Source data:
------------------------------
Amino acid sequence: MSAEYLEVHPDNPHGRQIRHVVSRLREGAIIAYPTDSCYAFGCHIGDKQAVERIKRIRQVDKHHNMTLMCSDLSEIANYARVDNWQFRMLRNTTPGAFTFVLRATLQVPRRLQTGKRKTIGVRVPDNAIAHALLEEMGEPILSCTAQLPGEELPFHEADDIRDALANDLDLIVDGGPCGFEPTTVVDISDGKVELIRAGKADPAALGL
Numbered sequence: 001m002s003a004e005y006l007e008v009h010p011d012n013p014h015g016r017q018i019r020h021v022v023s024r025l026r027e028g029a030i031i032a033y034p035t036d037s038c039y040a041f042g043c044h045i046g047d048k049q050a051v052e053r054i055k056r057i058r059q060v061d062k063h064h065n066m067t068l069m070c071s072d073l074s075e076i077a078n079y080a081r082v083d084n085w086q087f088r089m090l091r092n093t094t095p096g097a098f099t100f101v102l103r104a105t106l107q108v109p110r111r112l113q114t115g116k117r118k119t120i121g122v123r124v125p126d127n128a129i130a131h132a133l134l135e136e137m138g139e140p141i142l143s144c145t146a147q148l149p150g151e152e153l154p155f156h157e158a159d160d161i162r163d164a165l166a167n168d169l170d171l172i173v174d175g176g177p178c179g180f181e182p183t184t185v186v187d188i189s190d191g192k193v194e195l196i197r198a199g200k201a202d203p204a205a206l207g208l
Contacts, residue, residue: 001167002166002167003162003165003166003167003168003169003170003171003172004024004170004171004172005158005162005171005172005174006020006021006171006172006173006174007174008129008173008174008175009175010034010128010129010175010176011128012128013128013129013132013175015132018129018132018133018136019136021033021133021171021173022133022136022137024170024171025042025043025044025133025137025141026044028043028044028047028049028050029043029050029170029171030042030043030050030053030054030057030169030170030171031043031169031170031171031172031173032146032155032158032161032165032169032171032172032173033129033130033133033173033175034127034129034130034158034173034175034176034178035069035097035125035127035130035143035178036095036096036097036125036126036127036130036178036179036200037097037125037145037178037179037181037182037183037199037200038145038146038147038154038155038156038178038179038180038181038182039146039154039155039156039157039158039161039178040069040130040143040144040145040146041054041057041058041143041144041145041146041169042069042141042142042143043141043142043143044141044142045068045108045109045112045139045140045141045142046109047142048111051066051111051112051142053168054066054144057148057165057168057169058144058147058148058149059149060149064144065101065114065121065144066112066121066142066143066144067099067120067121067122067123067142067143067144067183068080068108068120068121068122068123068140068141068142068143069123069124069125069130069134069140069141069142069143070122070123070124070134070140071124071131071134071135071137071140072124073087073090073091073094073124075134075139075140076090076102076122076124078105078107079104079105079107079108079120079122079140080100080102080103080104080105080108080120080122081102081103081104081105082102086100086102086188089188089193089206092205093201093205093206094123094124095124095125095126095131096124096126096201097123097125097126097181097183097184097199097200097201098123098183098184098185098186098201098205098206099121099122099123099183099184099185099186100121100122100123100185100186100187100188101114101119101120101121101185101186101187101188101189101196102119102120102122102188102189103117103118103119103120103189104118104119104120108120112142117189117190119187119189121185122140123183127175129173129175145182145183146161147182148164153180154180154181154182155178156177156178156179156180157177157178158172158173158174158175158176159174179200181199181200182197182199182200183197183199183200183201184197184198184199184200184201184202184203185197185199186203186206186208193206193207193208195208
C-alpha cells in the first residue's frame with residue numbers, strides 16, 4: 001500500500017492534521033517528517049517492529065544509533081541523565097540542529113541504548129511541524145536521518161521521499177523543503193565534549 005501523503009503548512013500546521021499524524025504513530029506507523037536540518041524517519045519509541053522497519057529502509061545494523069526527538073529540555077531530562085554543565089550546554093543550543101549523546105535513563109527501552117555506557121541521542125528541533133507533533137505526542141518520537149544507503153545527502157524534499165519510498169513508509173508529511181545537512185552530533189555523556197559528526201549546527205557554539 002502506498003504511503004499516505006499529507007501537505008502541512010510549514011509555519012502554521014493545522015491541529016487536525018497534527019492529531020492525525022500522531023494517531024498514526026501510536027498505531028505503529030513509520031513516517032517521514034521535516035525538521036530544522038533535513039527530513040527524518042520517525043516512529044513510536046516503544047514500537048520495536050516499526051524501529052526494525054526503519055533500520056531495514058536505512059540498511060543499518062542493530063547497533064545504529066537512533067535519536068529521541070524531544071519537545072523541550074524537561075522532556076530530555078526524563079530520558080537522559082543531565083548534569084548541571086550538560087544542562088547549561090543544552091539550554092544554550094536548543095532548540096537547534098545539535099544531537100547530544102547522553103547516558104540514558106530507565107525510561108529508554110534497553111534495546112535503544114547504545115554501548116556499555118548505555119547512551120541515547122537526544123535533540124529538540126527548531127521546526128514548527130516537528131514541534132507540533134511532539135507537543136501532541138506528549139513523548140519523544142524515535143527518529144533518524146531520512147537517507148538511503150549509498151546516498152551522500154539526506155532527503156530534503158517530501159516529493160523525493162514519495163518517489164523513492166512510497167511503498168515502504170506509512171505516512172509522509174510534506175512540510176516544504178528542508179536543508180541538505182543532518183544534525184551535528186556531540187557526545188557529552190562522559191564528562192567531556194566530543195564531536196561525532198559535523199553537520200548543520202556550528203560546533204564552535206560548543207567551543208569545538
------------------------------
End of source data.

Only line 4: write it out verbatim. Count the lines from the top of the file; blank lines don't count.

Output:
C-alpha cells in the first residue's frame with residue numbers, strides 16, 4: 001500500500017492534521033517528517049517492529065544509533081541523565097540542529113541504548129511541524145536521518161521521499177523543503193565534549 005501523503009503548512013500546521021499524524025504513530029506507523037536540518041524517519045519509541053522497519057529502509061545494523069526527538073529540555077531530562085554543565089550546554093543550543101549523546105535513563109527501552117555506557121541521542125528541533133507533533137505526542141518520537149544507503153545527502157524534499165519510498169513508509173508529511181545537512185552530533189555523556197559528526201549546527205557554539 002502506498003504511503004499516505006499529507007501537505008502541512010510549514011509555519012502554521014493545522015491541529016487536525018497534527019492529531020492525525022500522531023494517531024498514526026501510536027498505531028505503529030513509520031513516517032517521514034521535516035525538521036530544522038533535513039527530513040527524518042520517525043516512529044513510536046516503544047514500537048520495536050516499526051524501529052526494525054526503519055533500520056531495514058536505512059540498511060543499518062542493530063547497533064545504529066537512533067535519536068529521541070524531544071519537545072523541550074524537561075522532556076530530555078526524563079530520558080537522559082543531565083548534569084548541571086550538560087544542562088547549561090543544552091539550554092544554550094536548543095532548540096537547534098545539535099544531537100547530544102547522553103547516558104540514558106530507565107525510561108529508554110534497553111534495546112535503544114547504545115554501548116556499555118548505555119547512551120541515547122537526544123535533540124529538540126527548531127521546526128514548527130516537528131514541534132507540533134511532539135507537543136501532541138506528549139513523548140519523544142524515535143527518529144533518524146531520512147537517507148538511503150549509498151546516498152551522500154539526506155532527503156530534503158517530501159516529493160523525493162514519495163518517489164523513492166512510497167511503498168515502504170506509512171505516512172509522509174510534506175512540510176516544504178528542508179536543508180541538505182543532518183544534525184551535528186556531540187557526545188557529552190562522559191564528562192567531556194566530543195564531536196561525532198559535523199553537520200548543520202556550528203560546533204564552535206560548543207567551543208569545538